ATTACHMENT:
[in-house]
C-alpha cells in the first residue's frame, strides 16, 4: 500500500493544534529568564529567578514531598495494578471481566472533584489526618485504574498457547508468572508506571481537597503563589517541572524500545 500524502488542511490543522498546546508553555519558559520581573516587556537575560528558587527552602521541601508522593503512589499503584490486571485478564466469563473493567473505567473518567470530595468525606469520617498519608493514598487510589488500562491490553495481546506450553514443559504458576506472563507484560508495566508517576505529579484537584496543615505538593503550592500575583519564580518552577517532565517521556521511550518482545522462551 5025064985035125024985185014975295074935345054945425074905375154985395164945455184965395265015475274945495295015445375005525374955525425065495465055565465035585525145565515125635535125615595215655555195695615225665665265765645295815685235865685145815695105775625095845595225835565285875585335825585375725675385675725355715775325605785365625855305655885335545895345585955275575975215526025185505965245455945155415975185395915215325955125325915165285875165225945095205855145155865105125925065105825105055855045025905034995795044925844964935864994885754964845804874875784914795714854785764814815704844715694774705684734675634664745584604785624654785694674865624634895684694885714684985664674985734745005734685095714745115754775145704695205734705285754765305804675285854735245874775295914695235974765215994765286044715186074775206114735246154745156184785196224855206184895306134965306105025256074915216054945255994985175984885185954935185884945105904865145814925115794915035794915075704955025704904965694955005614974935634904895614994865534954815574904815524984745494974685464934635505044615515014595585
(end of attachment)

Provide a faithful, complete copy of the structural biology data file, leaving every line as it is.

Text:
[in-house]
C-alpha cells in the first residue's frame, strides 16, 4: 500500500493544534529568564529567578514531598495494578471481566472533584489526618485504574498457547508468572508506571481537597503563589517541572524500545 500524502488542511490543522498546546508553555519558559520581573516587556537575560528558587527552602521541601508522593503512589499503584490486571485478564466469563473493567473505567473518567470530595468525606469520617498519608493514598487510589488500562491490553495481546506450553514443559504458576506472563507484560508495566508517576505529579484537584496543615505538593503550592500575583519564580518552577517532565517521556521511550518482545522462551 5025064985035125024985185014975295074935345054945425074905375154985395164945455184965395265015475274945495295015445375005525374955525425065495465055565465035585525145565515125635535125615595215655555195695615225665665265765645295815685235865685145815695105775625095845595225835565285875585335825585375725675385675725355715775325605785365625855305655885335545895345585955275575975215526025185505965245455945155415975185395915215325955125325915165285875165225945095205855145155865105125925065105825105055855045025905034995795044925844964935864994885754964845804874875784914795714854785764814815704844715694774705684734675634664745584604785624654785694674865624634895684694885714684985664674985734745005734685095714745115754775145704695205734705285754765305804675285854735245874775295914695235974765215994765286044715186074775206114735246154745156184785196224855206184895306134965306105025256074915216054945255994985175984885185954935185884945105904865145814925115794915035794915075704955025704904965694955005614974935634904895614994865534954815574904815524984745494974685464934635505044615515014595585